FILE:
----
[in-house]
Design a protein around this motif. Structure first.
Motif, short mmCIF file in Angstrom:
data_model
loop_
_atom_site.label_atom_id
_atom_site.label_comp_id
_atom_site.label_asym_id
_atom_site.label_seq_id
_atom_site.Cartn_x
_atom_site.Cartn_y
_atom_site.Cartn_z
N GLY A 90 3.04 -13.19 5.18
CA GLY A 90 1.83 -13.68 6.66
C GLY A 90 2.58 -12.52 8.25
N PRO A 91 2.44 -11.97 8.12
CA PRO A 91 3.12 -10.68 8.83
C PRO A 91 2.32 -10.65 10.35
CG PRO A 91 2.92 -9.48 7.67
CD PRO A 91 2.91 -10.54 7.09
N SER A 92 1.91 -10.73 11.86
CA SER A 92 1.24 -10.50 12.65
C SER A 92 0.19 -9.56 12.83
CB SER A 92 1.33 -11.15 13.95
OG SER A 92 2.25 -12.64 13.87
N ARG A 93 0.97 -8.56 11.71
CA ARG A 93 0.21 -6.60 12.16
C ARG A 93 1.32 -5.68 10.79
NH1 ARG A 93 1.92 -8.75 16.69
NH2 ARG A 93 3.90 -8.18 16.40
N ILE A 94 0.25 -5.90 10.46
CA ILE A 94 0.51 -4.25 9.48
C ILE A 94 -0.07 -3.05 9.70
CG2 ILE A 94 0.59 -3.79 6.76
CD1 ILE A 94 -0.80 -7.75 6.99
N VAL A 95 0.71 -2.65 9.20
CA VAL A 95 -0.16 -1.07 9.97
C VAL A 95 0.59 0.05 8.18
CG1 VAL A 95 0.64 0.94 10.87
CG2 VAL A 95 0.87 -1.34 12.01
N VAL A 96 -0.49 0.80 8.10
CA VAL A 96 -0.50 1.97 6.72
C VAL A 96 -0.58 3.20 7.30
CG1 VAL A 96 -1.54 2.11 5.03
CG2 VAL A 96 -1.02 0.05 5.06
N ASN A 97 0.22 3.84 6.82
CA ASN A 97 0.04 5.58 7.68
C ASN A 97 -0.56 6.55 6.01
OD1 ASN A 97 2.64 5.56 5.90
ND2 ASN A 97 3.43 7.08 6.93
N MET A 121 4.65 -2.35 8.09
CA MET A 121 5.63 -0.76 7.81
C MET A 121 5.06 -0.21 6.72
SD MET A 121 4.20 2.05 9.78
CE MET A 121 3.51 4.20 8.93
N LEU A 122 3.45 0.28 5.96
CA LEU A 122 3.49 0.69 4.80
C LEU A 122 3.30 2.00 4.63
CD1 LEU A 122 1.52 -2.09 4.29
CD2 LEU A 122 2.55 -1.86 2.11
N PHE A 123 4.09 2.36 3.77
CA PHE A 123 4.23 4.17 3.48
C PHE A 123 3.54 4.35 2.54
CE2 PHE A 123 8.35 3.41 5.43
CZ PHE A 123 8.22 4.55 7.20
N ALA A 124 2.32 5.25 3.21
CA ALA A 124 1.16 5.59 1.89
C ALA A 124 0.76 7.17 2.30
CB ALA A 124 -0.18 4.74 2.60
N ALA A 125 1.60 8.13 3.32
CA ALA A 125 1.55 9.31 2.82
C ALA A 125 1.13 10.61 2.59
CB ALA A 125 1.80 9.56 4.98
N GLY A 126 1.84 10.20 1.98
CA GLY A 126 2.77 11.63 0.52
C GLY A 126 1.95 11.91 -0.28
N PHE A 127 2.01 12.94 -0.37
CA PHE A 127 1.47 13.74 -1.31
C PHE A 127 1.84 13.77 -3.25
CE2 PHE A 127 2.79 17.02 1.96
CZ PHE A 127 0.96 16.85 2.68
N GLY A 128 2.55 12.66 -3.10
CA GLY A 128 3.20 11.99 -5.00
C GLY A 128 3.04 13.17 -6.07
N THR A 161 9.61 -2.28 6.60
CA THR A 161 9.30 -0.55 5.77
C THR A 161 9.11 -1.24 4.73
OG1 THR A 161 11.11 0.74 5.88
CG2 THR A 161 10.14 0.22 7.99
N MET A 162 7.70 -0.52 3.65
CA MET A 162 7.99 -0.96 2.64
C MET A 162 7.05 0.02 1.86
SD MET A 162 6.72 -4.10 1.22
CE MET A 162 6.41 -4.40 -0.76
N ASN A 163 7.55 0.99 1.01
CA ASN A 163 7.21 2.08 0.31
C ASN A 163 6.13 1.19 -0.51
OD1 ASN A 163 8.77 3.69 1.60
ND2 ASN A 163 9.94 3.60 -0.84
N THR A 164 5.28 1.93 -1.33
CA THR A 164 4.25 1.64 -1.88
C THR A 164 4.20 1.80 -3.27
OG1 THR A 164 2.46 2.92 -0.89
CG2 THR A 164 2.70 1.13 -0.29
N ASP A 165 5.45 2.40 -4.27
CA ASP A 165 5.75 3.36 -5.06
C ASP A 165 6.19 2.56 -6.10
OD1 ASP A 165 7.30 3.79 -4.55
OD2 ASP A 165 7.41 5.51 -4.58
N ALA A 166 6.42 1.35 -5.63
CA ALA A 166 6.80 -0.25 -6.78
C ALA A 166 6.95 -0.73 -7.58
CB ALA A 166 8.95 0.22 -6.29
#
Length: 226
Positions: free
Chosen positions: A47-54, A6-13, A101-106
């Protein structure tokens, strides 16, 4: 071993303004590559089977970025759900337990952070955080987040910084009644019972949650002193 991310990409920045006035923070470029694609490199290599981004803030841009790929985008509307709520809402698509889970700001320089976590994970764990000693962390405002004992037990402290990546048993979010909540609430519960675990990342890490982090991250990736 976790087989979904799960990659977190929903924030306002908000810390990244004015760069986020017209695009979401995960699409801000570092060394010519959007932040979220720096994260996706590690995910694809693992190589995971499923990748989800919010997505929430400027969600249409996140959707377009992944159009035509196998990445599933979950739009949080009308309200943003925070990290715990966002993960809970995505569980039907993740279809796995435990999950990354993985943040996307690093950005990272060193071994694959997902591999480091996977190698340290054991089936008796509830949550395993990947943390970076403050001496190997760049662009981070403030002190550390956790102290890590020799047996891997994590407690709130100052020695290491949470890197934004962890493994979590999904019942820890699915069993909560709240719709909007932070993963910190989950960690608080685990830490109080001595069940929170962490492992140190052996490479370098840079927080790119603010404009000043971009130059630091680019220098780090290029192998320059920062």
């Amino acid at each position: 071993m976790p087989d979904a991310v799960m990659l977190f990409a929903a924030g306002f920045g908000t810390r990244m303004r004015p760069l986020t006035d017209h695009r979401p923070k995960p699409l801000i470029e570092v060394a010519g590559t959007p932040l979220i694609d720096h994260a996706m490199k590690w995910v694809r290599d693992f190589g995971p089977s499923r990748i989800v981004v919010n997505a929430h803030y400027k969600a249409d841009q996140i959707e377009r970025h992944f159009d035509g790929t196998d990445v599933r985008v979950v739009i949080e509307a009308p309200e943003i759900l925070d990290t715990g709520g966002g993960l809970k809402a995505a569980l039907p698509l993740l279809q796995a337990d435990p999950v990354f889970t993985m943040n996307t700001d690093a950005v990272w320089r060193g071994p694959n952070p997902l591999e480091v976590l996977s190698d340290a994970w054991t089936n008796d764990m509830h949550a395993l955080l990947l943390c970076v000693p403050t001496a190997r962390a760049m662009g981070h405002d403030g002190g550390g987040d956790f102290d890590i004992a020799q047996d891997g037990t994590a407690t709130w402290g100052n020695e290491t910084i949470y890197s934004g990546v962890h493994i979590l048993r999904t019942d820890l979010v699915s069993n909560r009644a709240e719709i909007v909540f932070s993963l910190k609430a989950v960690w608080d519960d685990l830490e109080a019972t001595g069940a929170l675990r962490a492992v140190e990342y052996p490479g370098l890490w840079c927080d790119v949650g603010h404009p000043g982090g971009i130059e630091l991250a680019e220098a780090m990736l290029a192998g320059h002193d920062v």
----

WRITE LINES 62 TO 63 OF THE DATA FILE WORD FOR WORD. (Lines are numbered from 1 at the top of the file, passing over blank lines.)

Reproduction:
CA PHE A 123 4.23 4.17 3.48
C PHE A 123 3.54 4.35 2.54